Published December 29, 2012:  Updated August 12, 2014

Geo Metro EV Conversion Part II


For batteries, I was dead set on LiFePO4 batteries. I calculated that 100Ah cells would be sufficient to get me to and from work adequately but I sprung for the 160Ah cells just for the extra range. 

A smart charger and BMS (battery management system) were absolutely necessary too. By going with a 72 volt system and using large 160Ah cells, I was able to keep the cost of the battery management system down yet still have a decent battery range. Lower battery voltage is also much safer to work on. 

My greatest mistake on this car was that I didn’t buy my batteries, BMS and charger from a local distributor. I was seduced by the false promises and low prices of a dealer called EVLithium who is located in China. 

His prices were so much lower that to me it was well worth the risk. But if something is too good to be true, it probably is. By the time the batteries eventually showed up, I ended up paying nearly the same price as the local dealer but with more headaches because of shipping delays, import fees and extra shipping costs that were not disclosed up front. After being without my hard-earned money for so long, I was very relieved that the shipment actually made it at all. 

Sadly, the battery charger would not communicate with the BMS and in turn, it would not charge the batteries. 

I made every attempt to RMA the charger back to EVLithium but they refused, insisting that it worked perfectly before it left the factory. 

Lesson learned: If for no other reason, buy your hardware locally so you can have good and reliable tech support and a store-front that will accept defective product back. 

I bought a new battery charger from Elcon out of California and 2 days later, my EV was up and running with a working, on-board battery charger. 

Battery Placement:

Originally, I was going to put 13 of the 24 cells into a cage I fabricated under the rear set where the original gas tank used to reside. Just to get the car on the road, I temporarily set the remaining 11 batteries in the rear hatch-back area. 

With almost no weight on the front tires, the Geo handled terribly. When driving faster than 40mph, I felt like any wrong turn would cause me to over-correct, sending me into a zigzag, following by several barrel rolls. Going back to the drawing board. I made some new battery boxes so I could mount 16 batteries in the front engine compartment and 8 in the box under the rear seat. All batteries fit better that way too.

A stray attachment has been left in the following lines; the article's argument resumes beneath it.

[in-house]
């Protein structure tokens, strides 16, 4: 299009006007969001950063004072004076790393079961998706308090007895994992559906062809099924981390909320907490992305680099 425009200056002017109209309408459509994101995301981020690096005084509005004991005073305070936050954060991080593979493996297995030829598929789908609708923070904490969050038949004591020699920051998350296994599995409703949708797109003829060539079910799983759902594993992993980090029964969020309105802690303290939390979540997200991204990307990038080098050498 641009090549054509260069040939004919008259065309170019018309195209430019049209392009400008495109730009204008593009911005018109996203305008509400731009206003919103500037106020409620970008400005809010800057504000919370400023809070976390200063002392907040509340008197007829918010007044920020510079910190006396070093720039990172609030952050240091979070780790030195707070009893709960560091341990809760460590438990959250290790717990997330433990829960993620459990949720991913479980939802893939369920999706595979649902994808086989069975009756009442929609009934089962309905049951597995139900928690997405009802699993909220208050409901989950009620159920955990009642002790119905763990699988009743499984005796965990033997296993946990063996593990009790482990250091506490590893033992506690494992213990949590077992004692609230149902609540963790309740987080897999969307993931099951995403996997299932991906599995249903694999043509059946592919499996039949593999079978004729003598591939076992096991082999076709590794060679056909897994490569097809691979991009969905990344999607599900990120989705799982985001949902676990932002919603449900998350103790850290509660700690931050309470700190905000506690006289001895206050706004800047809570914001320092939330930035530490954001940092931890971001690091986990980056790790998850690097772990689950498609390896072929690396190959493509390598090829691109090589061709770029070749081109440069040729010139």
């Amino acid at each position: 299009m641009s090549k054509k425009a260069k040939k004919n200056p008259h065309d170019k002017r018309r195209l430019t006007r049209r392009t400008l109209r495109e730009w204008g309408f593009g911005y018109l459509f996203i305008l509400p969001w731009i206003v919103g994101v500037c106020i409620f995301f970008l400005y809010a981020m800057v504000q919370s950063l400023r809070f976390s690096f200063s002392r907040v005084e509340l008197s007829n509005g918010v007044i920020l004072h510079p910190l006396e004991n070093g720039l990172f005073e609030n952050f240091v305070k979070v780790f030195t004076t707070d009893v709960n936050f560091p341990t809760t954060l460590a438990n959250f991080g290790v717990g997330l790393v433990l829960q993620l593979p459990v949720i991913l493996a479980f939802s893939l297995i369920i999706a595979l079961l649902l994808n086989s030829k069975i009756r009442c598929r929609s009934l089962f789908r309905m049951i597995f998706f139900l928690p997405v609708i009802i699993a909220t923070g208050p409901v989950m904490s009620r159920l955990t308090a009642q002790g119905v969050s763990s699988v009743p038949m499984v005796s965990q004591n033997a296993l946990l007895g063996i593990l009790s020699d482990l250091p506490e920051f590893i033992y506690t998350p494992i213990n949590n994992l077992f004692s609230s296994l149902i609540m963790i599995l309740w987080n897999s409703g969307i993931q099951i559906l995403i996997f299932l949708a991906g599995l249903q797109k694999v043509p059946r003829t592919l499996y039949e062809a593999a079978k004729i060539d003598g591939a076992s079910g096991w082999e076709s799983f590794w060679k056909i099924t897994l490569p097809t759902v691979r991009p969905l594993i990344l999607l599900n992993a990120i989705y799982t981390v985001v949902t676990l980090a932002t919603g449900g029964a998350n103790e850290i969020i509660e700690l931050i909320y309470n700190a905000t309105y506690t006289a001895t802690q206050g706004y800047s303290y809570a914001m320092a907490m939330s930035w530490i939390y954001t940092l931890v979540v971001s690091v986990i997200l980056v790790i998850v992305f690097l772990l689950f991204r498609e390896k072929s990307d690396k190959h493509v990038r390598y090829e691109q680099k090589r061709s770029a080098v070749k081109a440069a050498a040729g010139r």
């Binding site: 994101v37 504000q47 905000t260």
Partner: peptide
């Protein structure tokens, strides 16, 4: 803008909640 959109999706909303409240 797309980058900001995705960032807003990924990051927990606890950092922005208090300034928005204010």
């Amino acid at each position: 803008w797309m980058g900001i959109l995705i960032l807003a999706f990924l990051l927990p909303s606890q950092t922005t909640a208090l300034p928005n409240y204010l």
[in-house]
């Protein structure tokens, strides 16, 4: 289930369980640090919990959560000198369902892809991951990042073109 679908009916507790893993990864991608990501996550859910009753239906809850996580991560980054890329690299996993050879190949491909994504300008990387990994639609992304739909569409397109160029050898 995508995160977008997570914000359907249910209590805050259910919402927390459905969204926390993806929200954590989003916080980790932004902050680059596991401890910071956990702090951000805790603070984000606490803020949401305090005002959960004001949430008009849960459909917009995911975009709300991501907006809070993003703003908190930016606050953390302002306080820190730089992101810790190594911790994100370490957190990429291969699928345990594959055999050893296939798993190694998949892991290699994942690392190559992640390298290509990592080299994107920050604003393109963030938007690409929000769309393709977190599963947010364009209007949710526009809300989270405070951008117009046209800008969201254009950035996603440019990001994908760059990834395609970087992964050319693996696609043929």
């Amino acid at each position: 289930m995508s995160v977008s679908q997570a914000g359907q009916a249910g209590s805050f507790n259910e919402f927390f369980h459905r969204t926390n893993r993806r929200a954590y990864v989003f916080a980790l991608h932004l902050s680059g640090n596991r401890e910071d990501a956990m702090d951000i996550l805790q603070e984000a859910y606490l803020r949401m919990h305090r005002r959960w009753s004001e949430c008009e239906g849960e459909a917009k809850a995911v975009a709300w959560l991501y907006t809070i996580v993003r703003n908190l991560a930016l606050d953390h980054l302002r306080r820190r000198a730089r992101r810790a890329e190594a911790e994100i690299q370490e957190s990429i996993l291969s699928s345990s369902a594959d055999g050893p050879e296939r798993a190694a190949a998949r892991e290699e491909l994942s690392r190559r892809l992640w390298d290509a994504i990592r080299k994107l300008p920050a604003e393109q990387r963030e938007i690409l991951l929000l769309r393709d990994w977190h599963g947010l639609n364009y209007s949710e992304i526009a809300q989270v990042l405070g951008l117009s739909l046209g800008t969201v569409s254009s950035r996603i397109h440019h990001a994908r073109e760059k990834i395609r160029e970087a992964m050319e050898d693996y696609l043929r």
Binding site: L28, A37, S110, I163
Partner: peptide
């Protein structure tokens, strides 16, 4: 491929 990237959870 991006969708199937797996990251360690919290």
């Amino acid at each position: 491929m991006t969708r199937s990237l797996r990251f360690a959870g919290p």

Battery placement up front

Batteries Box Underneath the Back Seat.  

After distributing the weight more evenly across the vehicle, the Geo handles much better. Batteries and all, this Geo is only 50 lbs heavier than the original, stock vehicle. 

Here is the breakdown of the part costs of making the Geo EV. 

Geo EV Parts List

 Part Description Cost Store
 Motor PMDC Motor 12-72V 15.4 hp cont, 38 hp pk $625Electric Motorsport
 Controller  Alltrax SPM-72400 400 Amp $517Electric Motorsport
 Contactor Albright 12V SW180 $85Electric Motorsport
 Pot-box Light Weight Pot Box $65Electric Motorsport
 Fuse 400 Amp $19Electric Motorsport
 DC-DC Converter 72 V to 13.8 VDC 30 Amp $110 eBay
 Shaft Adapter Home-Made (used existing clutch disk), 7/8" shaft coupler and gusset.  $28 Metal Supply
 Transmission Adapter Home-Made with a 12" steel gusset.   $10 Metal Supply
 BMS Ligoo Battery Management System w/3" LCD screen $500 China
 Battery Charger ELCON PFC1500 Charger 1.5kW $480 Elcon
 LiFePO4 Cells 160 Ah Winston LiFePO4 battery cells x24 $4200 China
 Angle Iron 3/4 and 1" for battery boxes $85 Metal Supply
 LED light bulbs indicator lights, turn signals and brake lights $65 eBay
 Battery cable 00 AWG red and black stranded copper $80 eBay
 Donor Vehicle Paid $460, sold ICE parts $380 KSL Classifieds
 Misc Repairs Tires, paint, wheel barrings, hatch back lift pistons, door handles.   $750 Misc
 Total Cost  $8009 

You may be thinking that $8000 is a lot of money for a Geo Metro EV. That may be true but the majority of these parts (batteries included) will outlast the car itself.  After several years, I can take these parts and put them into the next vehicle I decide to convert.  

Safety Inspection:

When you go to get the title changed on a converted vehicle, make double certain that you have all your proper documentation.

  • Sales recipes of all EV components

  • A signed letter from a certified mechanic, vouching that the vehicle has been converted and runs solely on battery-electric power.

  • Original Title